Use Coin-Based Games to Teach Money Skills

Using coins in games can be a great way not only to teach children about the value of money, but also to teach a number of valuable mathematical concepts including addition, subtraction, multiplication, and division. You can use regular coins, or if you have concerns about coins going into little mouths, you can make your own coins out of cardboard and write the values on them clearly for early readers. If you decide to use real coins, make sure your players know ahead of time that they will not be keeping the money.

Kids learn best when they think they are playing a game. By turning coin-counting and math exercises into fun games that the whole family can play, kids can learn valuable information about money management without even realizing it. Below are several options.

Money Toss

Children stacking coins
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This variation of old-fashioned penny pitching has children tossing mixed coins into a bowl. Those that stay in the bowl become part of the winner's stash, while those that land outside the bowl ​go to the other player.

At the end of the game, and you can set the time based on age and patience level, kids must count up their winnings to see who actually has the most. An important lesson: sometimes the largest number of coins does not add up to the greatest amount of money.

Dollars and Dice

This game requires dice and real or cardboard coins and is appropriate for kids who know how to add numbers. The goal of the game is to collect the correct number of coins to create a dollar. Players take coins based on a roll of the die. The numbers on the die correlate to the coin values as follows:

  • 1—penny
  • 2—nickel
  • 3—dime
  • 4—quarter
  • 5—any coin (wild card)
  • 6—lose a turn

Players take turns rolling the die and adding coins. The winner becomes the first player to reach exactly one dollar. If taking a coin would put the player over a dollar, the player loses the turn. Once the kids master the game, you can change the winning amount to odd amounts, like $2.17.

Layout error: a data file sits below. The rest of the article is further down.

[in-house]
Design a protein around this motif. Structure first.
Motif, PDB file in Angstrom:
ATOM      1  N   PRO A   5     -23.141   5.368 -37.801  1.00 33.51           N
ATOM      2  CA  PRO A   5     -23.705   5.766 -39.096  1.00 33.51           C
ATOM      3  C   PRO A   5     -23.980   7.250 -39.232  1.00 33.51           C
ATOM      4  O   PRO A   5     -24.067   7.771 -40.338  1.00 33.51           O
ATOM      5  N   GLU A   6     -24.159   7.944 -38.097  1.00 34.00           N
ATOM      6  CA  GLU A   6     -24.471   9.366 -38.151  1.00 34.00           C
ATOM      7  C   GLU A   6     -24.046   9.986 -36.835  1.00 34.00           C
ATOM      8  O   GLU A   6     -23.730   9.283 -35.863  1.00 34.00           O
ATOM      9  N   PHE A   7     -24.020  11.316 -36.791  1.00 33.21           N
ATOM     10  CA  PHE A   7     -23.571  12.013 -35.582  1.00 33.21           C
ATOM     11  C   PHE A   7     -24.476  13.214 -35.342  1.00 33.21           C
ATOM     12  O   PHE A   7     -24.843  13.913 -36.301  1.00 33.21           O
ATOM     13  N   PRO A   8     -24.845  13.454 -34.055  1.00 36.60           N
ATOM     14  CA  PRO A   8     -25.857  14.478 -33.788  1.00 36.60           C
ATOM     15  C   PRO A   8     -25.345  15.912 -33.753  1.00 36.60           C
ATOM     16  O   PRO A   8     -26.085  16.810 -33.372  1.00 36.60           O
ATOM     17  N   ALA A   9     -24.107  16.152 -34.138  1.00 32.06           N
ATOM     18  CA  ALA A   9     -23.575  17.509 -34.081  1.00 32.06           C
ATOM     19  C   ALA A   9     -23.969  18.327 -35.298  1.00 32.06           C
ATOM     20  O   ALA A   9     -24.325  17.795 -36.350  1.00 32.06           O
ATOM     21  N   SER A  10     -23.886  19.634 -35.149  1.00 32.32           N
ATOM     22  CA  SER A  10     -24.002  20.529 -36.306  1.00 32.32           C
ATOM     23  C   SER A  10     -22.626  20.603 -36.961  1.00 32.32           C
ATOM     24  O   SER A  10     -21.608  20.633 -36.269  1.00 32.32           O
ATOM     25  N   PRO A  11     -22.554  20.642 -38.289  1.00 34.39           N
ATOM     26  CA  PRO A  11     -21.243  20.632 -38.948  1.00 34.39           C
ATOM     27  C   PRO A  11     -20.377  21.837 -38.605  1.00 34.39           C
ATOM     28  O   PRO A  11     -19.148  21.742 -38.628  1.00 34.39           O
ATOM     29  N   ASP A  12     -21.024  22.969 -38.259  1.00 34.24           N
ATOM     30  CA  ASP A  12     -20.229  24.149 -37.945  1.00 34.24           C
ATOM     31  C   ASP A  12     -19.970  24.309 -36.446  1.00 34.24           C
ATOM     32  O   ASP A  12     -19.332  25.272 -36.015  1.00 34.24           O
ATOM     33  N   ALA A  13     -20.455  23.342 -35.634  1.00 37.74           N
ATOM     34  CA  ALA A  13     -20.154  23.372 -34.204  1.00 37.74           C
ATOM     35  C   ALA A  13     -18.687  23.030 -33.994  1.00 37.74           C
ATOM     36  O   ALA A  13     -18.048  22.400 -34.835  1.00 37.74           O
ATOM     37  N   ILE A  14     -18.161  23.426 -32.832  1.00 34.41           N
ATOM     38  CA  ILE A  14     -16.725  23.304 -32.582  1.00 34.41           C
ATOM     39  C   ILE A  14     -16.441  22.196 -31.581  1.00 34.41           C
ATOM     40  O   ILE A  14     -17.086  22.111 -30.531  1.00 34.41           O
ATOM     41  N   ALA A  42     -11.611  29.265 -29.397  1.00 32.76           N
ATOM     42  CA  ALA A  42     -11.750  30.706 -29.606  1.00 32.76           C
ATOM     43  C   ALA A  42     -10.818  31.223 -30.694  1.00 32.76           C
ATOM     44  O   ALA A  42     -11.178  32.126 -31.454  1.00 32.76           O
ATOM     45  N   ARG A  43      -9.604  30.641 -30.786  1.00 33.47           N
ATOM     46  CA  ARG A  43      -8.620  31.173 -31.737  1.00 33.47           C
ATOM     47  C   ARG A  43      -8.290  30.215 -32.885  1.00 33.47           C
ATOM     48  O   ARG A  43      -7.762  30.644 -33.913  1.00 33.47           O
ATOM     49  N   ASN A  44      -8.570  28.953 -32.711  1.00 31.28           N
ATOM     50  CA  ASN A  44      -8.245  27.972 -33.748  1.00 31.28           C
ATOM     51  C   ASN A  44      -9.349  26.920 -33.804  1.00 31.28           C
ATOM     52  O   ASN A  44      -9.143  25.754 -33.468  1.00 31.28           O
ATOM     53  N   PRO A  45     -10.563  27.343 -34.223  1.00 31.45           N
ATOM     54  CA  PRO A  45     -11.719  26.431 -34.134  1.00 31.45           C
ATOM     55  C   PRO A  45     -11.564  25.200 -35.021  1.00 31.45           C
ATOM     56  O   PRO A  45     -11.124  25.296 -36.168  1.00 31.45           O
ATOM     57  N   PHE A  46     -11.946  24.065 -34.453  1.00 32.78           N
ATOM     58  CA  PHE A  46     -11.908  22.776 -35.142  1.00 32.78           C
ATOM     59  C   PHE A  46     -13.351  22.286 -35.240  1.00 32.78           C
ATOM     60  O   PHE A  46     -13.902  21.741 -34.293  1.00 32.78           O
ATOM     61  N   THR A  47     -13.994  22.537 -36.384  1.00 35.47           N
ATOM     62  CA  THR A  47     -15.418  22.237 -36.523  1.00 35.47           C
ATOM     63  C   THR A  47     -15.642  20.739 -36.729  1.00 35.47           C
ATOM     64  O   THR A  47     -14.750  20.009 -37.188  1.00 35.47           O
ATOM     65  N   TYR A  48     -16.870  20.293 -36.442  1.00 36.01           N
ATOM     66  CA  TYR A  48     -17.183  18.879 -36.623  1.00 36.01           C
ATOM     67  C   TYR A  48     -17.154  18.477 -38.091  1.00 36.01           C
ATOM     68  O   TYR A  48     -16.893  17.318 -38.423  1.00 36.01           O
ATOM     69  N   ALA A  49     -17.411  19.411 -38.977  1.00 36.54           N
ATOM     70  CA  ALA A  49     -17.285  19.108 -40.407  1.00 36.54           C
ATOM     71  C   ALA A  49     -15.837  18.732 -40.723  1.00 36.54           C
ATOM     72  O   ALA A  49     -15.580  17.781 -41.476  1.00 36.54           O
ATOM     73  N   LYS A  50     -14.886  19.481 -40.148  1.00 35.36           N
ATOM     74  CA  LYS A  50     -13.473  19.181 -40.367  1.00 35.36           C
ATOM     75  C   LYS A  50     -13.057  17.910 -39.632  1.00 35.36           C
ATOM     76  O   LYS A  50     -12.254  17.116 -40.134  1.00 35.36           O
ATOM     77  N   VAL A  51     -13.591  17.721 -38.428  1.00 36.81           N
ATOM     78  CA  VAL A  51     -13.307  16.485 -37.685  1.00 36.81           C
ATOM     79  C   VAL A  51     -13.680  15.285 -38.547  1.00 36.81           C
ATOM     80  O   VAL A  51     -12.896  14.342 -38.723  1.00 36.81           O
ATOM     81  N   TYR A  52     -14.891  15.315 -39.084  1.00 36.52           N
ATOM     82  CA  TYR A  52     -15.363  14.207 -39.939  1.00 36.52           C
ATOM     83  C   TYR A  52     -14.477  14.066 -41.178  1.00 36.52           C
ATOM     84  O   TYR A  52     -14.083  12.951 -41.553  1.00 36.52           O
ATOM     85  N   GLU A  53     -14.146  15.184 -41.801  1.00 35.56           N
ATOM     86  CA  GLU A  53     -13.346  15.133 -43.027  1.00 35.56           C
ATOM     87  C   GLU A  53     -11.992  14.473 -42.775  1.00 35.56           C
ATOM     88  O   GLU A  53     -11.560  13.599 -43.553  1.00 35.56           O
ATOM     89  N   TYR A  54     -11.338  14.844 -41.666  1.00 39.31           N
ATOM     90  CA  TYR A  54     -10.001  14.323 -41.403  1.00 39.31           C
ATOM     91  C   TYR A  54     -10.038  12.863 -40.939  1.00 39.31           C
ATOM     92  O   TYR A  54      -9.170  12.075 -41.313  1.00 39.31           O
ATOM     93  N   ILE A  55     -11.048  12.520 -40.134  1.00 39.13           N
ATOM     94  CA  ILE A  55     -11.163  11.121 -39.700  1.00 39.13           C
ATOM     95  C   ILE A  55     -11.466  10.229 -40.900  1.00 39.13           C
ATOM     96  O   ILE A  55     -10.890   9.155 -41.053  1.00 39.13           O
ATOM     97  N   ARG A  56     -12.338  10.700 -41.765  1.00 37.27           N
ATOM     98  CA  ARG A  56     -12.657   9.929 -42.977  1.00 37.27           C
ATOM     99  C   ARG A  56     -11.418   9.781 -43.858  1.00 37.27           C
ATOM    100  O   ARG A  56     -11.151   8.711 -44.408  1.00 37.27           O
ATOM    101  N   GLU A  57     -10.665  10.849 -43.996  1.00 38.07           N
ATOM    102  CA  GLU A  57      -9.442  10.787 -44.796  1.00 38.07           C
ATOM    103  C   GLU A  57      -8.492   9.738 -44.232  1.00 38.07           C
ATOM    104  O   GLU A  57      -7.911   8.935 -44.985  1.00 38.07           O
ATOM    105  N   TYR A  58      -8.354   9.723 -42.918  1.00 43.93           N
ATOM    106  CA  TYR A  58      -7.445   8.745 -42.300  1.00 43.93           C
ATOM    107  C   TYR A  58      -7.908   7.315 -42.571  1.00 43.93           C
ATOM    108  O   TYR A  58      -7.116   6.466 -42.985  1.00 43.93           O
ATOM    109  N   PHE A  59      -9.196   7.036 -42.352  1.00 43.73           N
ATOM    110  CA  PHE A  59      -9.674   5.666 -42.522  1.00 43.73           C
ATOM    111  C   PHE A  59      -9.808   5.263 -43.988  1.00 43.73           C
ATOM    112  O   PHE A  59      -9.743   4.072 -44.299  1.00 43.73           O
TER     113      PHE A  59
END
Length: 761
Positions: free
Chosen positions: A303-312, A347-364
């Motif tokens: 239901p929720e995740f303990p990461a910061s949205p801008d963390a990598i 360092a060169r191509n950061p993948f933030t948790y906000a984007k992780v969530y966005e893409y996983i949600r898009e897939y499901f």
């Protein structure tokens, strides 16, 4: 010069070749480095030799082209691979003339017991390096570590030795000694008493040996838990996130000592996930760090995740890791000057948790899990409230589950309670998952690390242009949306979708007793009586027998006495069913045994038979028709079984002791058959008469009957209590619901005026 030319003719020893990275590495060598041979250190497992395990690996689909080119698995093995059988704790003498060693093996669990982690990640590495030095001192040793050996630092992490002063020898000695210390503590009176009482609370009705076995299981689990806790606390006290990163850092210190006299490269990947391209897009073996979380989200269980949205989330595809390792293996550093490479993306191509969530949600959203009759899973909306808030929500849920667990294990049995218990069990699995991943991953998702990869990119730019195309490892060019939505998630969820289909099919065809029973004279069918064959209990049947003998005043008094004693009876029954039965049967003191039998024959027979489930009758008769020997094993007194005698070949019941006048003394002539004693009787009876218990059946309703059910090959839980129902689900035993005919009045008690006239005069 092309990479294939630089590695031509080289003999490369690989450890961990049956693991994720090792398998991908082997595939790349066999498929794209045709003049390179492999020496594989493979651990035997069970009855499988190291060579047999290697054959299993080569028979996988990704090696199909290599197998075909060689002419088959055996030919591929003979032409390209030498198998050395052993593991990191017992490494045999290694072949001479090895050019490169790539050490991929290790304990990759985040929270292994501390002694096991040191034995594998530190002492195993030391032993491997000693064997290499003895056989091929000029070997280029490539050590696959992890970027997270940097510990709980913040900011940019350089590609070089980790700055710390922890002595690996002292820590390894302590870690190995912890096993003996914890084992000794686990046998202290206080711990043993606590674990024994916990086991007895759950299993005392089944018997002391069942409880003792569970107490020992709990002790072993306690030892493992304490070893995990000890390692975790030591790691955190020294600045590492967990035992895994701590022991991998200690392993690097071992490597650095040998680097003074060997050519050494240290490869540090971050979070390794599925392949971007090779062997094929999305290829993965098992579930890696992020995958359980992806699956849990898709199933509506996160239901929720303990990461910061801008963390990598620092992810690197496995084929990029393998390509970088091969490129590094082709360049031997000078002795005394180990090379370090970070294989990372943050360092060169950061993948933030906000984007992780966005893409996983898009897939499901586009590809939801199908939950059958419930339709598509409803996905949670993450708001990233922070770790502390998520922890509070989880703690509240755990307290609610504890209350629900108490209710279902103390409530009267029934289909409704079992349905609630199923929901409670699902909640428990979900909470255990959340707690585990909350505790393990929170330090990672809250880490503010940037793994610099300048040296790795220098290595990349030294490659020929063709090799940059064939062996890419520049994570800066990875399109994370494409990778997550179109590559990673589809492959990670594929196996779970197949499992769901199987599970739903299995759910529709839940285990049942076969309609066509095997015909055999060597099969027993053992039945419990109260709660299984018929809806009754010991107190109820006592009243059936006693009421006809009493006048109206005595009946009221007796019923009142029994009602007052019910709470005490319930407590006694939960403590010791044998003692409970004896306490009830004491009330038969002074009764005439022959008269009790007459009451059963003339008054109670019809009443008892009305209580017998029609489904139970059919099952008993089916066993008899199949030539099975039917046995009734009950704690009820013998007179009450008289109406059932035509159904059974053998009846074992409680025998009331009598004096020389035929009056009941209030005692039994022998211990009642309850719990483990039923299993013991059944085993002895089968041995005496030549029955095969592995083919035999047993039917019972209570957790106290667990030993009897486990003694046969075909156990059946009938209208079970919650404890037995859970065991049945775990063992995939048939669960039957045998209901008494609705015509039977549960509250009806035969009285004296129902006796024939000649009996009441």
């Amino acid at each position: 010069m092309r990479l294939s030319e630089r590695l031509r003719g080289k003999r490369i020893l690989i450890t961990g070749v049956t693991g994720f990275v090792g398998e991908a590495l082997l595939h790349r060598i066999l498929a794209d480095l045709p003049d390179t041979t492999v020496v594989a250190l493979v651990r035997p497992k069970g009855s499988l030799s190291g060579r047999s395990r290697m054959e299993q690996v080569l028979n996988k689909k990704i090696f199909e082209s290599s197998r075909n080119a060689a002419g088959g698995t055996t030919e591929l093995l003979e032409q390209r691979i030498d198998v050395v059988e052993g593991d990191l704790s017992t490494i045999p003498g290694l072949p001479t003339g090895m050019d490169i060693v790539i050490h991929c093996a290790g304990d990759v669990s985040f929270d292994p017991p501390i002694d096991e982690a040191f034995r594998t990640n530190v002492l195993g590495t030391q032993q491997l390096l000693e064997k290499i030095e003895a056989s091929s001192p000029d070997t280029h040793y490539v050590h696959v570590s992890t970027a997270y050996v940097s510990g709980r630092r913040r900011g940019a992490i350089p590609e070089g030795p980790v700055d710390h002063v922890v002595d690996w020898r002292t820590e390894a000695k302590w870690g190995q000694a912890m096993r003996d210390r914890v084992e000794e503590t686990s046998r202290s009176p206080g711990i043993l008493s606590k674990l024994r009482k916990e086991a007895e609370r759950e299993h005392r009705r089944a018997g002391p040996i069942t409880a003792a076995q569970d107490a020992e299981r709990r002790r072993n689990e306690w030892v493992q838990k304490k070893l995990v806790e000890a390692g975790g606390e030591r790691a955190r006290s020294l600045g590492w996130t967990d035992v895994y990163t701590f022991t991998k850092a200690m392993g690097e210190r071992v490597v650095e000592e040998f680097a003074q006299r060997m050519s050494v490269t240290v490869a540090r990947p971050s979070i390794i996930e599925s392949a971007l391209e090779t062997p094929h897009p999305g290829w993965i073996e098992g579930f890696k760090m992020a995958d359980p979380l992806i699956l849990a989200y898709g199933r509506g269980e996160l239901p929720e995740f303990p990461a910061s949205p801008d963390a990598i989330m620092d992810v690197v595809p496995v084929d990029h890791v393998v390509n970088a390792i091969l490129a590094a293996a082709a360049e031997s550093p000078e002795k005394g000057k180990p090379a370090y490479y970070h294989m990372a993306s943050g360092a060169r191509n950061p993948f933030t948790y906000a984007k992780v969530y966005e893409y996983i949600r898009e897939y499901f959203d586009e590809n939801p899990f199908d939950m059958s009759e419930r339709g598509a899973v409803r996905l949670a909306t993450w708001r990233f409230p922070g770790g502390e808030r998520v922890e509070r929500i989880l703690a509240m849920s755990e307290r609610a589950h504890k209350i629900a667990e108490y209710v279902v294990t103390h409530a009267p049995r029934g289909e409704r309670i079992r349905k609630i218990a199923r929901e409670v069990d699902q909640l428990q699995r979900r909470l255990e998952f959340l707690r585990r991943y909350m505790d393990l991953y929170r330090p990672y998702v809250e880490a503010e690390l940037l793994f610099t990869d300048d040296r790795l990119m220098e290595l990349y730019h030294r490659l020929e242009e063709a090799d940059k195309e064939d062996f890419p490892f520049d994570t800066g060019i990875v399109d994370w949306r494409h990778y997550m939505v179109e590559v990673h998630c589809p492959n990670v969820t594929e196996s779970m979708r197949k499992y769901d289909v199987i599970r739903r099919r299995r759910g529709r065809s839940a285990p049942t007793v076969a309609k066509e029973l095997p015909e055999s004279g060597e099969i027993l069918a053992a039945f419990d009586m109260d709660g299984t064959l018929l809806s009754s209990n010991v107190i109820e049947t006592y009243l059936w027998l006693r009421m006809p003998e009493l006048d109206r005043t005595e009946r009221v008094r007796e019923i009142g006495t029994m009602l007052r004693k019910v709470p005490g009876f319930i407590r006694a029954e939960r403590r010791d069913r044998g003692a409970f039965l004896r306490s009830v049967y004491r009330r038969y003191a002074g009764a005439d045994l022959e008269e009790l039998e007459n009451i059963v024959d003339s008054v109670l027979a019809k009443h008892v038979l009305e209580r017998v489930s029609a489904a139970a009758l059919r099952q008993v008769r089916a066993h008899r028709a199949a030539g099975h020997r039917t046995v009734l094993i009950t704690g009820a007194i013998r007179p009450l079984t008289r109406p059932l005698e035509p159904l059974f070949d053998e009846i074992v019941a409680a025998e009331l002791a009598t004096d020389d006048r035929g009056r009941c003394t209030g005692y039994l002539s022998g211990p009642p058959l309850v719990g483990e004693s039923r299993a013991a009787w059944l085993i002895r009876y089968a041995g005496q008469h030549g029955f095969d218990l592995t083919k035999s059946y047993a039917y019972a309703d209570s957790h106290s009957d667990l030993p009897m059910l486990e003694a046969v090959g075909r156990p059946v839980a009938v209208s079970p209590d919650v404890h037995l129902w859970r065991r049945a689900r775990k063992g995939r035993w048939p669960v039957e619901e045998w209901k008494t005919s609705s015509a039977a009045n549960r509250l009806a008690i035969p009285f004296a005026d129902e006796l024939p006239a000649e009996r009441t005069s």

Money Matching

The difficulty of this game can be varied depending on the child's needs. For young children who are learning to count but are not adding yet, keeping values small and just using pennies will be effective. For older children who can add, use higher values and all of the coins.

Create a set of cards with different values, and give each child a starting bank of coins. For younger children, use card values up to 10 cents, and for older kids create card values up to a dollar. 

Players take turns drawing cards and then use the coins to create the value shown on their card. There are typically no winners in this game, but perhaps you can provide a small reward like a sticker every time a player gets the right answer if your children will enjoy it more.

Hide and Seek

You can modify this game depending on children's ages and counting levels. Parents hide coins, real or pretend, around the house. Children are then set loose to find as many coins as they can. Pennies can be used for younger children and the rest of the coins can be added in for older kids.

Keep track of how many coins you hide, and when all the coins have been found, players count up their totals. The player will the highest total wins the game. Kids will immediately want to take a turn hiding the coins; just make sure you are able to find them all.

Shopping Center

This game works well for younger kids who are learning to count. Gather a number of toys and place price tags on them, keeping the prices countable in pennies. Have the children identify the price and count out the number of coins they need to buy the item.

But make sure players know they aren't playing to keep the items. Mix and match the items and give kids plenty of pennies so they can figure out the best way to divide up their pennies and spend them.

Kids love to play money games, and it's a great way to help them learn while having fun.